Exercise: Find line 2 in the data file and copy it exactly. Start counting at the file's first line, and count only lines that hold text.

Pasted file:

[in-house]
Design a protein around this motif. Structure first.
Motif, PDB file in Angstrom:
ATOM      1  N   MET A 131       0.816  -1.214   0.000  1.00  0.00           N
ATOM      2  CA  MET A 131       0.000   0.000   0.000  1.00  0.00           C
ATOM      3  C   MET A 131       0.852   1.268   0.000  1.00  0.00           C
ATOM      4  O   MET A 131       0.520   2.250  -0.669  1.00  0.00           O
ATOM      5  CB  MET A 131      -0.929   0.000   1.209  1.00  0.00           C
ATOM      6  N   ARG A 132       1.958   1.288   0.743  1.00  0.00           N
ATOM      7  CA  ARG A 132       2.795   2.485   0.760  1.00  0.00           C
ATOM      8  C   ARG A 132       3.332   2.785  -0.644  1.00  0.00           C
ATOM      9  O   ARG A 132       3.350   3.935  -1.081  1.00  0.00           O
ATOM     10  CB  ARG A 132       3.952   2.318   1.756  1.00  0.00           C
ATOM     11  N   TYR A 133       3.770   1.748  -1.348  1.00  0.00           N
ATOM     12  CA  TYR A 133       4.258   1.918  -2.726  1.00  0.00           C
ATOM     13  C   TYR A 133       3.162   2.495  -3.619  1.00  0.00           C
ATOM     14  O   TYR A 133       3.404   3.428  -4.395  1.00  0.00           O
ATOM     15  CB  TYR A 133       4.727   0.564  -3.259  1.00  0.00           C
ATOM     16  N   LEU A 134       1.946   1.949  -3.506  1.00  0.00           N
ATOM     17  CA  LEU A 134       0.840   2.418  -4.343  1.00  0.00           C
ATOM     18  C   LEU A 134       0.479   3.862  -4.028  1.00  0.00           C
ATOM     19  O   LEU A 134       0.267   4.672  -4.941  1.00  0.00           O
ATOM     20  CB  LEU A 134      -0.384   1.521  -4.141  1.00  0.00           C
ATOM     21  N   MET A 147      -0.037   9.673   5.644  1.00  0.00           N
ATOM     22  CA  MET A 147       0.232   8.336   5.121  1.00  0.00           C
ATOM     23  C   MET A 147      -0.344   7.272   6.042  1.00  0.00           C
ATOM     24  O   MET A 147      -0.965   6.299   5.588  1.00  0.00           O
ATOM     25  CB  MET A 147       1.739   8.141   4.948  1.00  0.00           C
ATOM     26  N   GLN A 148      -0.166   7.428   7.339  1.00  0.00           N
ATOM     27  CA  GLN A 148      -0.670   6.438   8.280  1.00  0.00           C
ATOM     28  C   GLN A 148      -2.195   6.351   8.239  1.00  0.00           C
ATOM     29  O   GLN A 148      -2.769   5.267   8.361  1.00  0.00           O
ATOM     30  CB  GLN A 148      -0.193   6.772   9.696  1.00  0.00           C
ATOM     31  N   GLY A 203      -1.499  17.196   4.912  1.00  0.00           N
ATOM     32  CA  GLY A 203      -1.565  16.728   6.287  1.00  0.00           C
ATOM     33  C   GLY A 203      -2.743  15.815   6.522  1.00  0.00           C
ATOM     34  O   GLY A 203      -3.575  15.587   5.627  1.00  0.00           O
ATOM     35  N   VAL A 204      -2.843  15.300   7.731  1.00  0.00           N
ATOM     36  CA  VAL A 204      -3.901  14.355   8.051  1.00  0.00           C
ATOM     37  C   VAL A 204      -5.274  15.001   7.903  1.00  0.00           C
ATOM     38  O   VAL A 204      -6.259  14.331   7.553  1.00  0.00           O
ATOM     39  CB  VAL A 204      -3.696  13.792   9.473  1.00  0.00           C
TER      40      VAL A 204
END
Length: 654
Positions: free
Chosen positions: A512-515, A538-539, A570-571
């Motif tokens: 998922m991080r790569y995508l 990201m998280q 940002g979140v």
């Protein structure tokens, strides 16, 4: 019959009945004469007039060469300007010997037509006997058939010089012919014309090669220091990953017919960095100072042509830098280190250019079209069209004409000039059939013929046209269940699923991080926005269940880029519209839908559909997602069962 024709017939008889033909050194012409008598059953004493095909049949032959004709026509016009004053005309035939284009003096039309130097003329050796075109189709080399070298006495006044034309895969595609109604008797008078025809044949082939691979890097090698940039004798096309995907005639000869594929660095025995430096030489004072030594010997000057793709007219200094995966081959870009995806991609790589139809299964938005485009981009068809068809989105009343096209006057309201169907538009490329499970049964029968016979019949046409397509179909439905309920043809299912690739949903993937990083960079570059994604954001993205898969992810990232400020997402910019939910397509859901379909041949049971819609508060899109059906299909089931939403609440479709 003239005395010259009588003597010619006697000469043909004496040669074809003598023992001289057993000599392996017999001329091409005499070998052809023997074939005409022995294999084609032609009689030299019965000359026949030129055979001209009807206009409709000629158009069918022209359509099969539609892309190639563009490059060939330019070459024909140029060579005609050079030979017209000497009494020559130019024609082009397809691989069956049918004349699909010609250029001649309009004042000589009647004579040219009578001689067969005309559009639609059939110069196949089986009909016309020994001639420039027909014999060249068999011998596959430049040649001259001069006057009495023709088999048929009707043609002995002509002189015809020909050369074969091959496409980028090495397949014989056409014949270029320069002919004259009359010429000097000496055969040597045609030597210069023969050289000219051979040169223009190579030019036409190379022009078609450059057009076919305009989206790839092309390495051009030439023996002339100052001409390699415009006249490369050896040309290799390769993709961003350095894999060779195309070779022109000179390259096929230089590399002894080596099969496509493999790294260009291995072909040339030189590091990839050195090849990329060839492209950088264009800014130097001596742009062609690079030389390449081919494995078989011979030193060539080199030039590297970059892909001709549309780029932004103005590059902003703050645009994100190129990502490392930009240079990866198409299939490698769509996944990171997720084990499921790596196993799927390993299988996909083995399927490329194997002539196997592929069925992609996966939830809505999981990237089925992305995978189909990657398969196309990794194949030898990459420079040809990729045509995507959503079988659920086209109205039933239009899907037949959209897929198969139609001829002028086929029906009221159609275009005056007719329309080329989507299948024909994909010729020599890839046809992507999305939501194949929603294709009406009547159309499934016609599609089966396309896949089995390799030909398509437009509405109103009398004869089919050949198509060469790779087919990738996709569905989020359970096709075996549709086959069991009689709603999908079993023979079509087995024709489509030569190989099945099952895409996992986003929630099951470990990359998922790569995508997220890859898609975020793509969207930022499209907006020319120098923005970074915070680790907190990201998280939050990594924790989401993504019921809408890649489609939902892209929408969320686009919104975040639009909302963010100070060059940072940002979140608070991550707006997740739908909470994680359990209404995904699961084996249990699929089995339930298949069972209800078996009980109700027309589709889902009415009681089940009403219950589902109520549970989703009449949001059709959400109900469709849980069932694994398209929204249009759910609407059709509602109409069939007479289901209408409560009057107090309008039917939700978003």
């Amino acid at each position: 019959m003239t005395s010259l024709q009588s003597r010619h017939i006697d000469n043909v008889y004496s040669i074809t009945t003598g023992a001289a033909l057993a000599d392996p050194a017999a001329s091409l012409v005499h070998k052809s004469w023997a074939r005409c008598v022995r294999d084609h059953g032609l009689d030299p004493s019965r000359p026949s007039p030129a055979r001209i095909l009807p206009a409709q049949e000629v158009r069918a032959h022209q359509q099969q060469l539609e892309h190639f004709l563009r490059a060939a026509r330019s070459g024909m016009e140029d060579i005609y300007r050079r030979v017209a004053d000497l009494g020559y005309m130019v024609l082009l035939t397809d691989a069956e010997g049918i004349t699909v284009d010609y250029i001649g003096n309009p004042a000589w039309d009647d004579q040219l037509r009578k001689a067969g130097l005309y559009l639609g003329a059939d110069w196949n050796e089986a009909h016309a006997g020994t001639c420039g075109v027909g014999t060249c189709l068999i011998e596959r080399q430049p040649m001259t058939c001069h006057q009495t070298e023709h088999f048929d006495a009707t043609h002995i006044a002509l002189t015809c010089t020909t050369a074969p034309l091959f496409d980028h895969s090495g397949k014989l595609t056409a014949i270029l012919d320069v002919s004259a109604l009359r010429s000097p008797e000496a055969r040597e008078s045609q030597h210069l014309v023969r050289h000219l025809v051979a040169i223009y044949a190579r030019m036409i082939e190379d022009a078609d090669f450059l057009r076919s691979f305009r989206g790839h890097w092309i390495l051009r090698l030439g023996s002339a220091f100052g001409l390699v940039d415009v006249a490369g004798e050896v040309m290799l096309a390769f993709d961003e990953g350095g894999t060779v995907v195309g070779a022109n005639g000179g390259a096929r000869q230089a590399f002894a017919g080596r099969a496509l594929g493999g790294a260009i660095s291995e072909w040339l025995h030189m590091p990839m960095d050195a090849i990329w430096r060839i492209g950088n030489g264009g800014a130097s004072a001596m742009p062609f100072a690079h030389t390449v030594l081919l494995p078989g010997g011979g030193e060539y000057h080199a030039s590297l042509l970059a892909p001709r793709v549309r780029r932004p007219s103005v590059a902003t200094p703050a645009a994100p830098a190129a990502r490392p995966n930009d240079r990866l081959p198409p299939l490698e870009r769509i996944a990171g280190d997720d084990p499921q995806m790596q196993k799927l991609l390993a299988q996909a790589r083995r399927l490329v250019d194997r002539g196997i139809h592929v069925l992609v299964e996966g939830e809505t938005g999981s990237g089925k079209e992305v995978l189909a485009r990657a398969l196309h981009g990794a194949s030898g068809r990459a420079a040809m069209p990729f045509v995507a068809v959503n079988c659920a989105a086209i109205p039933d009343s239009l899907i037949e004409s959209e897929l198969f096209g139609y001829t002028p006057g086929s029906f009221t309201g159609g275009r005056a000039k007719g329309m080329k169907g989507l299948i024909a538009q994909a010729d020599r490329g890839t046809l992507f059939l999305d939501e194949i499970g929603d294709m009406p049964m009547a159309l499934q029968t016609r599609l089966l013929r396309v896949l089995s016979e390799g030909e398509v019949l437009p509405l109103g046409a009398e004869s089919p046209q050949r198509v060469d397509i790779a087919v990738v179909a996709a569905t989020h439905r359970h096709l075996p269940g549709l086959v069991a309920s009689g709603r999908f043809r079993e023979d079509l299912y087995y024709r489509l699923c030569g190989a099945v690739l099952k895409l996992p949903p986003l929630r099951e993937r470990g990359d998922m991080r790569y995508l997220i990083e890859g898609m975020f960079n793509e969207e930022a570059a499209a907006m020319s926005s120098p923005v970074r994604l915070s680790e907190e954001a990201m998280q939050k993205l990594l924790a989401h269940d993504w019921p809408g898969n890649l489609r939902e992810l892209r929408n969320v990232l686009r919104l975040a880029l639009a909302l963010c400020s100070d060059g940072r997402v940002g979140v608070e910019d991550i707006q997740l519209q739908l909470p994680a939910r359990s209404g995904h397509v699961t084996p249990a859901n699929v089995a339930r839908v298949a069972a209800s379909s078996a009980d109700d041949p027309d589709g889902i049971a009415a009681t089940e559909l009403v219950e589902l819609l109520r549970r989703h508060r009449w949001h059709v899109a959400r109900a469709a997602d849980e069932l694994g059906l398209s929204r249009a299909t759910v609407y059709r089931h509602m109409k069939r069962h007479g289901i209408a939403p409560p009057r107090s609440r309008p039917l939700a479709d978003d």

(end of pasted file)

Design a protein around this motif. Structure first.